Incas vs. Conquistadors
Bolivia is full of dinosaurs
There was one more tease - a beautiful day visiting the market in Tarabuco. A smaller town a few hours from Sucre across another winding road with views off the edge of the world. Tarabuco is known for its incredibly detailed weavings. Some with a rainbow shining between white figures telling stories of weddings and carnivals. Some of entwined animals in red on a black background. And the more common geometric blankets in a full spectrum of colors. The bustling vegetable market, the quieter animal market (we considered buying a cow but decided the bus was too crowded), and the narrow streets of clay buildings.

And that was it. I did too much. I tried too hard to be my normal energetic self. By the next day I was back in bed, hating myself for being weak, and facing the harsh reality that if I didn't go somewhere that required less energy to live I was risking another bout of mysterious long term illness. And just like that, my plans changed again. I bought a one way ticket to Ireland, in hopes that somewhere completely different will sort me out again.

The list keeps growing. I have towns I want to see, styles of weaving I want to learn, Spanish verbs I still can't conjugate properly, and mountains I want to climb.

"You're going to Ireland?"
"Yeah. On Tuesday. It was a bit of an impromptu decision."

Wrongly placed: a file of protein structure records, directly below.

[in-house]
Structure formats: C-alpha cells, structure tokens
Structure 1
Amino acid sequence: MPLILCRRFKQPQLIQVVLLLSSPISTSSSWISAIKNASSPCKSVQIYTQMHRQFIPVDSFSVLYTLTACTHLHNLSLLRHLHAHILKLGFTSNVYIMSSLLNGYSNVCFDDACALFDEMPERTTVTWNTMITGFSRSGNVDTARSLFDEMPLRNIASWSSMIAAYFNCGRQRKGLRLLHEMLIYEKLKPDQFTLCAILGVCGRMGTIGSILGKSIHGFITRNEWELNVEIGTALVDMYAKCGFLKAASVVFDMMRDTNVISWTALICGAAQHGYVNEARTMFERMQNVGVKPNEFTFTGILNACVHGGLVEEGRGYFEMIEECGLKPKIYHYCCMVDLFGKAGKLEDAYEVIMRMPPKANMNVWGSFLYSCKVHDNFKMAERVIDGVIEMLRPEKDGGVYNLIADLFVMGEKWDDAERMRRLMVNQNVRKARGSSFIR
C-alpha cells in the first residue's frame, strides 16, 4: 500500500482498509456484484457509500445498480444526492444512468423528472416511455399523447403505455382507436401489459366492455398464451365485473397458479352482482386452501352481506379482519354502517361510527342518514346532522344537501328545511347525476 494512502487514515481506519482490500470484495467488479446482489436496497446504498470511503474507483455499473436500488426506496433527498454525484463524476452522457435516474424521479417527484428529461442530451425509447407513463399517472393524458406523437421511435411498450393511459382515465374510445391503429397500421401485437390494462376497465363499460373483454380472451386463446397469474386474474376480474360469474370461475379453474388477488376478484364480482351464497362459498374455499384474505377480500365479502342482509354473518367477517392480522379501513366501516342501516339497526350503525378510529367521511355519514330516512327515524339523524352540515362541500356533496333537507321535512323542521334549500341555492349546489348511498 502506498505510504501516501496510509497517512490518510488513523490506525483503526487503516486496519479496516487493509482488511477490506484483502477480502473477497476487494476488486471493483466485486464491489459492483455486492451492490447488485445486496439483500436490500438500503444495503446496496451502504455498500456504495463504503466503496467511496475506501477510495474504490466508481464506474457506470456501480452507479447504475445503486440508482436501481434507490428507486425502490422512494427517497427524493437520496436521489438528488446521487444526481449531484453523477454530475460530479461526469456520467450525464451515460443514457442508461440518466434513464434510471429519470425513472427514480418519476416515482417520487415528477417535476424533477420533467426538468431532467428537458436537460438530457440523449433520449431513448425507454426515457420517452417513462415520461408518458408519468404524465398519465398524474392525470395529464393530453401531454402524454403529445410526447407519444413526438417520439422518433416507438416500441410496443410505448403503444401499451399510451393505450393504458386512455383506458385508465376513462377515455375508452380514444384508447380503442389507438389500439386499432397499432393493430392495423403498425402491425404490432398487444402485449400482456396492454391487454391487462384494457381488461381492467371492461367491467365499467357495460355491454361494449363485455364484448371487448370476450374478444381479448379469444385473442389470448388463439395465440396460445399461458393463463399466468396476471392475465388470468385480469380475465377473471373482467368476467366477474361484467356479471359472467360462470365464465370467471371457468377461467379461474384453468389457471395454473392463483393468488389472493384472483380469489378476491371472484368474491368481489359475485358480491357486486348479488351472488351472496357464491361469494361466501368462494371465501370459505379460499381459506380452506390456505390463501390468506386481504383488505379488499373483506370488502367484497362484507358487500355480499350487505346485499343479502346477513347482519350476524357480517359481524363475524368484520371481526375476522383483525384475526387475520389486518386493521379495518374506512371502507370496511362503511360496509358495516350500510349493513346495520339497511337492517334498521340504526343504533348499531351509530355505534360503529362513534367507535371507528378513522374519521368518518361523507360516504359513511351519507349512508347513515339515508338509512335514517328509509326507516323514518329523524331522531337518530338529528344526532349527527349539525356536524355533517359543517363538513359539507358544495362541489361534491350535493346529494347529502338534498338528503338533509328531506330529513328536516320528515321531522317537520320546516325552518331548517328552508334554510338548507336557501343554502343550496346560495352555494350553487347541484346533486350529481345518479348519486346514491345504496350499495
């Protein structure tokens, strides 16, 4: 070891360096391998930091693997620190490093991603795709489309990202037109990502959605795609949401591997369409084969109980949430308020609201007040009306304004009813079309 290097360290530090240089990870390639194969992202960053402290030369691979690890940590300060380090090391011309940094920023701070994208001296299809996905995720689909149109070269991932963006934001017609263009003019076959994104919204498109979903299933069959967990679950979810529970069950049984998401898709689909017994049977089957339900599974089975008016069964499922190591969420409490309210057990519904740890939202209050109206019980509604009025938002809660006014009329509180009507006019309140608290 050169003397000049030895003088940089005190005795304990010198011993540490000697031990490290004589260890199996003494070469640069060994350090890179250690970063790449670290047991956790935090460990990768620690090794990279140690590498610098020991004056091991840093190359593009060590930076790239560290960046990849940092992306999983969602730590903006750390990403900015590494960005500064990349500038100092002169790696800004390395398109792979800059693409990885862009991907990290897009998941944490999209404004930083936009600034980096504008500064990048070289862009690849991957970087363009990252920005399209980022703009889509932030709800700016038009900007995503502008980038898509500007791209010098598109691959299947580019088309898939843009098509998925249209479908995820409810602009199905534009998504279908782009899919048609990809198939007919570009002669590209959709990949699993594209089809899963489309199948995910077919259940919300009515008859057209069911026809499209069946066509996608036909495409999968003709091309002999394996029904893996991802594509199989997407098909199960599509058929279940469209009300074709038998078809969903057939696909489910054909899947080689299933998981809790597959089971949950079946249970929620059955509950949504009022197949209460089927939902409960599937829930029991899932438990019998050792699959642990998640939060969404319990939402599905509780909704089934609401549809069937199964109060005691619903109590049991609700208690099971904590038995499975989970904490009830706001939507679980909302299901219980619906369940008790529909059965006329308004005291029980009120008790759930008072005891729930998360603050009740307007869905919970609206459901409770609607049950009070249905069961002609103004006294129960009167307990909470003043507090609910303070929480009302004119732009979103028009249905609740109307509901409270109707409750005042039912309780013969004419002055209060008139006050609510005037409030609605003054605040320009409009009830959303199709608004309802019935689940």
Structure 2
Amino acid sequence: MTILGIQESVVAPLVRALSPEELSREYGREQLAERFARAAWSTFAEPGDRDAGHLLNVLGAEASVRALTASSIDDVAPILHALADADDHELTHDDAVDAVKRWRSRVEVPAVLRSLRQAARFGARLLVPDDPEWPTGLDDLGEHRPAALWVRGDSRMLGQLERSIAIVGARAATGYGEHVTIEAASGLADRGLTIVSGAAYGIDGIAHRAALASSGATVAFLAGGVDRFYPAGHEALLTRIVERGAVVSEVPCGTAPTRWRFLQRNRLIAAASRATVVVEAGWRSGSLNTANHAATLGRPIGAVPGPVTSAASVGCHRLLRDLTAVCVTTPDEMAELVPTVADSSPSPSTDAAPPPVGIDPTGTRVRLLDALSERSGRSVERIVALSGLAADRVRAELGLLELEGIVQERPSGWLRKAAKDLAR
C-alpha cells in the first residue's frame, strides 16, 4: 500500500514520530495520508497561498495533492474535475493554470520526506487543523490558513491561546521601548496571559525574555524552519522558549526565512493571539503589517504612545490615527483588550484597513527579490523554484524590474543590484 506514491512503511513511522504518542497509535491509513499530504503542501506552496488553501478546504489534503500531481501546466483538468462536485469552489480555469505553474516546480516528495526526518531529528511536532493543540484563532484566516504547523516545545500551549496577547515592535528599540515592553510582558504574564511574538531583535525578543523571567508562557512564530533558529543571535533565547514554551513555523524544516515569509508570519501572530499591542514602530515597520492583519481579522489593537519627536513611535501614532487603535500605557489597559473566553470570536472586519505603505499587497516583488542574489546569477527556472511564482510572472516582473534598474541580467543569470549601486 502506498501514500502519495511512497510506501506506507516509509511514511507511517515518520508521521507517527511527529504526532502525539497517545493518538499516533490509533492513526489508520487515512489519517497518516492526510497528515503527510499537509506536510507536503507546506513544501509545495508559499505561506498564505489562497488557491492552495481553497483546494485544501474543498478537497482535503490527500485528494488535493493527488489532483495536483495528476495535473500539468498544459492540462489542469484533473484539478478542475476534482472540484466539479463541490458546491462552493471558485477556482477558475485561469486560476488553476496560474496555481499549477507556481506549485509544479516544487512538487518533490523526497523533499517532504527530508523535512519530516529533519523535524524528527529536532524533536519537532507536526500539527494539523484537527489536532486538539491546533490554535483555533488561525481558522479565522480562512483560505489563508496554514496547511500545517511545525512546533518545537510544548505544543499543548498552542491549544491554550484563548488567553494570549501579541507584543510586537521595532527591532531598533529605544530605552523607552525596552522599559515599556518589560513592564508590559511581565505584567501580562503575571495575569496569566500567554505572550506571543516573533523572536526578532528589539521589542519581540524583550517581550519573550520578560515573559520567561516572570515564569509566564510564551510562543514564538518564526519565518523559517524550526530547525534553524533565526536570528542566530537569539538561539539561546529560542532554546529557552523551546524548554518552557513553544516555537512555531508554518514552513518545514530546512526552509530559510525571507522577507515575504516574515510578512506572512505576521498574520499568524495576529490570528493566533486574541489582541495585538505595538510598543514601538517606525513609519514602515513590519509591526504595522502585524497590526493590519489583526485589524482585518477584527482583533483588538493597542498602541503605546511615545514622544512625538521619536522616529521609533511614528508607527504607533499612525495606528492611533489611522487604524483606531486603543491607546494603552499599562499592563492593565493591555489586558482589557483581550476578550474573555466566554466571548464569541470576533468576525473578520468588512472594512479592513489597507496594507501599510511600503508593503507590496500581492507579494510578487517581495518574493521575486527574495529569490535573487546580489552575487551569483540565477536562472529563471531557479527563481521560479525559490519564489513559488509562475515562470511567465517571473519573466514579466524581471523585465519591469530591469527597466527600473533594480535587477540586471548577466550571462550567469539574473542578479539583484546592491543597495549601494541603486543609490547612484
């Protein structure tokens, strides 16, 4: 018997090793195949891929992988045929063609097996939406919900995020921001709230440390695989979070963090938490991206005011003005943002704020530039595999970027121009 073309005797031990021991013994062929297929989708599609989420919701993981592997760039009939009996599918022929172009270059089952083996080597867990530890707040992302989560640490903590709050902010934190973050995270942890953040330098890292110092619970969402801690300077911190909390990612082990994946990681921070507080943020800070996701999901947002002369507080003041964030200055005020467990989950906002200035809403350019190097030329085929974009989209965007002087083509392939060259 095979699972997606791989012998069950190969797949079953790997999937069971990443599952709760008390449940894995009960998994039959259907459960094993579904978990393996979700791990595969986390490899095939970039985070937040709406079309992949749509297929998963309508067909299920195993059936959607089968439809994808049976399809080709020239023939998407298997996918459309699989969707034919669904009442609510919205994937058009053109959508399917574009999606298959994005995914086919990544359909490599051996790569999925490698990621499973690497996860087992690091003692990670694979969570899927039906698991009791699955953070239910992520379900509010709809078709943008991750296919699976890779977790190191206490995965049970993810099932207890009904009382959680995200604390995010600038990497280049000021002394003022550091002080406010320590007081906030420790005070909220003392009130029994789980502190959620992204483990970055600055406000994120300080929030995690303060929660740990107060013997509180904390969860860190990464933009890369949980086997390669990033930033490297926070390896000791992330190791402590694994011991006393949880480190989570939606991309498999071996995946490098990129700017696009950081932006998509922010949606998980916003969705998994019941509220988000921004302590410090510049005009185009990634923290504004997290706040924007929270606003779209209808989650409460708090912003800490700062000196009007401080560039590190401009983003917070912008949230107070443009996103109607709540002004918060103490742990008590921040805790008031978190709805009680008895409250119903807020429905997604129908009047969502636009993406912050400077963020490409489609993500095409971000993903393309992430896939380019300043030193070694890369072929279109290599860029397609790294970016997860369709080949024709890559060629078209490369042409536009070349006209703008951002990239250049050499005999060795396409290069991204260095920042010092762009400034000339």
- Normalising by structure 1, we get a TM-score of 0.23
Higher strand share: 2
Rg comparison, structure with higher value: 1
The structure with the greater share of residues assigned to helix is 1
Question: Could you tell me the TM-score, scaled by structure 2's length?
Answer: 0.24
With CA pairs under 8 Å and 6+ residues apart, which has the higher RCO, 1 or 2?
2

"Are you excited?"
"Sort of. I don't want to leave."
"Then why?"

How do I answer that? How do you convey the gripping fear of being sick for another few months to someone who has never had worse than the flu? How do you say that sometimes you just don't get better without change and hard work? How do you say that you hate yourself for not being able to go do things? For looking at the mountains and wanting to climb them and knowing that it won't be this trip?

The mountains won't go anywhere. And me? I've spent all year learning how to have fun with no plans. This is just one more adventure.

But Bolivia hasn't given my heart back yet. It aches to look at the mountains around La Paz and wonder when I can come back. Even as I wander through the witches market and the plazas my smile falters. As I sit confused at the Cholita wrestling, staged fights between Aymara women that are meant to be comical, I try to laugh. But instead tears come to my eyes and I blink them back before my friends notice. And again.

Broken hearts take time to mend.

But I wouldn't complain about a little luck from a leprechaun to speed up the process.